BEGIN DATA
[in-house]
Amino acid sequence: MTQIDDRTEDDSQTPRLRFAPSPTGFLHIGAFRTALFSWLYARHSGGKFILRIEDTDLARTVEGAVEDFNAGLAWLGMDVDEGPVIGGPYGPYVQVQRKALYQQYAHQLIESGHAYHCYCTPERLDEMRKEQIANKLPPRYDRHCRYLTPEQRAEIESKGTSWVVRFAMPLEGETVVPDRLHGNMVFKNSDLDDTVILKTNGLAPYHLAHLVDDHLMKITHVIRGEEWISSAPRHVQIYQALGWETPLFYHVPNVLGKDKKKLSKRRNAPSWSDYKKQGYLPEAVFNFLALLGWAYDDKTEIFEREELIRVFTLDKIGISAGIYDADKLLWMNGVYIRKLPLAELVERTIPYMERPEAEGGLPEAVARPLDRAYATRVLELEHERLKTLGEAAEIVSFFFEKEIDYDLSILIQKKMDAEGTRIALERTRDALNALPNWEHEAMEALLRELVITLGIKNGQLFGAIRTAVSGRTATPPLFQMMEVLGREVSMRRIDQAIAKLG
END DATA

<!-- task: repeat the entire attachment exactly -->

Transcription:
[in-house]
Amino acid sequence: MTQIDDRTEDDSQTPRLRFAPSPTGFLHIGAFRTALFSWLYARHSGGKFILRIEDTDLARTVEGAVEDFNAGLAWLGMDVDEGPVIGGPYGPYVQVQRKALYQQYAHQLIESGHAYHCYCTPERLDEMRKEQIANKLPPRYDRHCRYLTPEQRAEIESKGTSWVVRFAMPLEGETVVPDRLHGNMVFKNSDLDDTVILKTNGLAPYHLAHLVDDHLMKITHVIRGEEWISSAPRHVQIYQALGWETPLFYHVPNVLGKDKKKLSKRRNAPSWSDYKKQGYLPEAVFNFLALLGWAYDDKTEIFEREELIRVFTLDKIGISAGIYDADKLLWMNGVYIRKLPLAELVERTIPYMERPEAEGGLPEAVARPLDRAYATRVLELEHERLKTLGEAAEIVSFFFEKEIDYDLSILIQKKMDAEGTRIALERTRDALNALPNWEHEAMEALLRELVITLGIKNGQLFGAIRTAVSGRTATPPLFQMMEVLGREVSMRRIDQAIAKLG